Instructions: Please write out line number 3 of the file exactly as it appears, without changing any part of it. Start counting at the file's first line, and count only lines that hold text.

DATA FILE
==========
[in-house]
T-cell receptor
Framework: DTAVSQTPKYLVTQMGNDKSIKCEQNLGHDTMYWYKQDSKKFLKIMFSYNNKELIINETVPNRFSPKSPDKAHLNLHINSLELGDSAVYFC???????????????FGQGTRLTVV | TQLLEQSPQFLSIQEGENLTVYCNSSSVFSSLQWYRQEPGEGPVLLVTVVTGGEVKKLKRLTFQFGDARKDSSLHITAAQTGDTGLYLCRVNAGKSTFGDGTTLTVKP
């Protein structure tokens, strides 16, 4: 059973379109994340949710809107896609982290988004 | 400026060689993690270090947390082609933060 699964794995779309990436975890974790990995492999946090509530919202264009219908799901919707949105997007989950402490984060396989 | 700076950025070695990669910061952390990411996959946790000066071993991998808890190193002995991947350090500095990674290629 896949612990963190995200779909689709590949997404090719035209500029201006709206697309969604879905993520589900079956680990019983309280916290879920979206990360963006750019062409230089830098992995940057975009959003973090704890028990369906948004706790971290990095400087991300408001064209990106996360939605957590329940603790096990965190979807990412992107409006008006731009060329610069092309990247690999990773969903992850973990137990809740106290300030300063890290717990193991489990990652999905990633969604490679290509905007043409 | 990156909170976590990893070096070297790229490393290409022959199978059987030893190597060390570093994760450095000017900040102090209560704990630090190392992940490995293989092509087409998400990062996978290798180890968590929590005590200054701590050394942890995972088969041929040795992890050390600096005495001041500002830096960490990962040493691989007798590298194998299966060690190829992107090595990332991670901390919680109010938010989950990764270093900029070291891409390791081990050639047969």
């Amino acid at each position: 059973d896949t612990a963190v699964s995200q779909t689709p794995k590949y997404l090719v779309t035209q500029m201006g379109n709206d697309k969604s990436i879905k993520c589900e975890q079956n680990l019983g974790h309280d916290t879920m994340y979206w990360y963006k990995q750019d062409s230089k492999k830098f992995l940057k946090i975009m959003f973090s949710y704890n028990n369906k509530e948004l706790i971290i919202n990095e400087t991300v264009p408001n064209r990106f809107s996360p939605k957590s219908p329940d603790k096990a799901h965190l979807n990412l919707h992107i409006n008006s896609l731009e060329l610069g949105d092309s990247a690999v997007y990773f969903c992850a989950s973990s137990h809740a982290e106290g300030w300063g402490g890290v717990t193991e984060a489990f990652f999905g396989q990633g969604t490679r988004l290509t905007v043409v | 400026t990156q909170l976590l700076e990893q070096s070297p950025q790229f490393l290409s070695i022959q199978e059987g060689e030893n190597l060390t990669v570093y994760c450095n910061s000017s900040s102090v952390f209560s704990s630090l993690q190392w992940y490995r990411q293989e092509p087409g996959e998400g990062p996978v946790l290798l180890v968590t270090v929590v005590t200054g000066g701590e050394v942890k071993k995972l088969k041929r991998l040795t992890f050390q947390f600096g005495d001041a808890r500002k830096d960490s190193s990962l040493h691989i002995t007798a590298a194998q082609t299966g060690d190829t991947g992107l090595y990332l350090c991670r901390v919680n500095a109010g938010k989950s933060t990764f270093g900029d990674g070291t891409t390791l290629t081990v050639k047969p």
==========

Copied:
Framework: DTAVSQTPKYLVTQMGNDKSIKCEQNLGHDTMYWYKQDSKKFLKIMFSYNNKELIINETVPNRFSPKSPDKAHLNLHINSLELGDSAVYFC???????????????FGQGTRLTVV | TQLLEQSPQFLSIQEGENLTVYCNSSSVFSSLQWYRQEPGEGPVLLVTVVTGGEVKKLKRLTFQFGDARKDSSLHITAAQTGDTGLYLCRVNAGKSTFGDGTTLTVKP